Review for JoJos Bizarre Adventure Set One: Phantom Blood / Battle Tendency (Eps 1-26)
My review for the Kaze issued Series 1 set back in March 2018 can be seen Here (well, via Manga entertainment but under licence. The release was a welcome one at the time) but sadly, wasn’t followed up by the much-anticipated series two and three, all of which, I believe were available for streaming on Crunchyroll. As if that wasn’t enough, that release was a second attempt at releasing the series on Blu-Ray here in the UK, the first being a Warner Brothers release. Which is a surprise as the series is, in common with the manga, extremely popular.
Manga are now releasing series 2 and 3 after a long hiatus, so it made perfect sense for them to re-release (and re-package) series 1 as well. My review for these series will follow soon.
My opinion of the first series hasn’t changed much since that first viewing, and you would imagine that both releases were identical (which I assume use the same master tapes as Manga Entertainment picked up the rights from Kaze). However, there are some subtle if not particularly significant differences in the releases. The Kaze release had a fairly punky menu with slightly clunky navigation and a raucous look and feel. This has been replaced by a much more serene, functional menu in calming pink hues. The extra features (textless opener and closers) have been jettisoned off the first disc. The biggest surprise to me was soundtrack. Both discs offer up the same (in theory) English 2.0 or Japanese 2.0 with subtitle options. But the Kaze disc is much quieter. The audio on the Manga disc is pumped up in comparison, set a little louder, on my set up at least. Odd but true. Other than that, the English (my choice for this review and the previous one) seemed identical.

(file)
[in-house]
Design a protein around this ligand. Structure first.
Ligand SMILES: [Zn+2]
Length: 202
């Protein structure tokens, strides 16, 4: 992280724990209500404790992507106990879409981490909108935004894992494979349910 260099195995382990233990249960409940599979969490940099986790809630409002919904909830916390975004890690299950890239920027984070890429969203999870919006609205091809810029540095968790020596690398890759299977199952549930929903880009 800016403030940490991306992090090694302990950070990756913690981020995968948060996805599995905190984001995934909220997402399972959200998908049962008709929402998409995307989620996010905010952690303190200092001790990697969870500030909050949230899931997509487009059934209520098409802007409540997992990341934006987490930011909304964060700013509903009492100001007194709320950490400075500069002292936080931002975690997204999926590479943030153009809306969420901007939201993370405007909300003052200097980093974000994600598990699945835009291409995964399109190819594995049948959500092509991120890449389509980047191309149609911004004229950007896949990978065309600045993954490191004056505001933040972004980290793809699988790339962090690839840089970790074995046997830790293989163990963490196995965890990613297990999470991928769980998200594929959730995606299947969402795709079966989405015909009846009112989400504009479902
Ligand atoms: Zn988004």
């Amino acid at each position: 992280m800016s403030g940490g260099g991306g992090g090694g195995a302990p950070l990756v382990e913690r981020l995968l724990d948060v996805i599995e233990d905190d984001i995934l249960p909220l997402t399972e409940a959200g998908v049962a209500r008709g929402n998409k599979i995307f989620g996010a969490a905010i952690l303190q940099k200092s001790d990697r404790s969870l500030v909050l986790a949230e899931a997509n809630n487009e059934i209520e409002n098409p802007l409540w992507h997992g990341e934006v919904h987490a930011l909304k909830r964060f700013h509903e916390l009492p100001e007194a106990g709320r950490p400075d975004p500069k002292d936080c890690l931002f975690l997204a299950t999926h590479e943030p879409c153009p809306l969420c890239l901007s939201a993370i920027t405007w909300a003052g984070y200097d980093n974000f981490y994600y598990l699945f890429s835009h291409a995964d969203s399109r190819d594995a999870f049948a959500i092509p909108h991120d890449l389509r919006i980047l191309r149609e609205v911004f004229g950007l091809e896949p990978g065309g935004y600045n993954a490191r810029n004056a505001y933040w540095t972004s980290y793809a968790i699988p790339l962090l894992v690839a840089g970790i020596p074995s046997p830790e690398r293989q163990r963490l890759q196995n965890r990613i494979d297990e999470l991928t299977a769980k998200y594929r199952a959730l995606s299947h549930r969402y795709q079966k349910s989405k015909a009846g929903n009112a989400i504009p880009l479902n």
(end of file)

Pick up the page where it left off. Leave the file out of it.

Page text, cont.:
The manga is one of the longest running in all-time, certainly in the top-ten, which, given the enormity of some manga series, gives a good indication of its continuing popularity in a country where almost 50% of all reading material is ‘graphical’. It all started in 1987 and is still going strong. So the anime has a lot of catching up to do as the first decent adaptation (this one) didn’t happen till 2012, almost 30 years later.
The good news is that, because there is so much raw material for the series to work from, it’s all killer no filler, but its pace is pretty relentless. Watching series 1 again reminded me just how quickly this series moves, straight into its (weird) narrative from the outset at a pace that is definitely ‘blink and you’ll miss it’ speed. Which is a good thing, and it’s not a series that’s too complex to keep up.
The series kicks off as it means to go on, pulling no punches in its portrayal of the intertwining lives of two young men – one good and righteous, and the other a bitter, scheming evil-doer for the most part; yin and yang and two sides of a single coin perhaps.
In the late 1800s, when Jonathan Joestar’s father is attacked and, left for dead, he mistakenly assumes that a chance thief, rifling through his pockets, is trying to save him. As a wealthy man, he rewards the scoundrel and, when the thief passes away, he ‘adopts’ his son, Dio Brando, inviting him to live in the family home, and become the equal of his son, Jonathan. But things do not go well. Dio is determined to inherit the Father’s wealth and sets out to destroy Jonathan.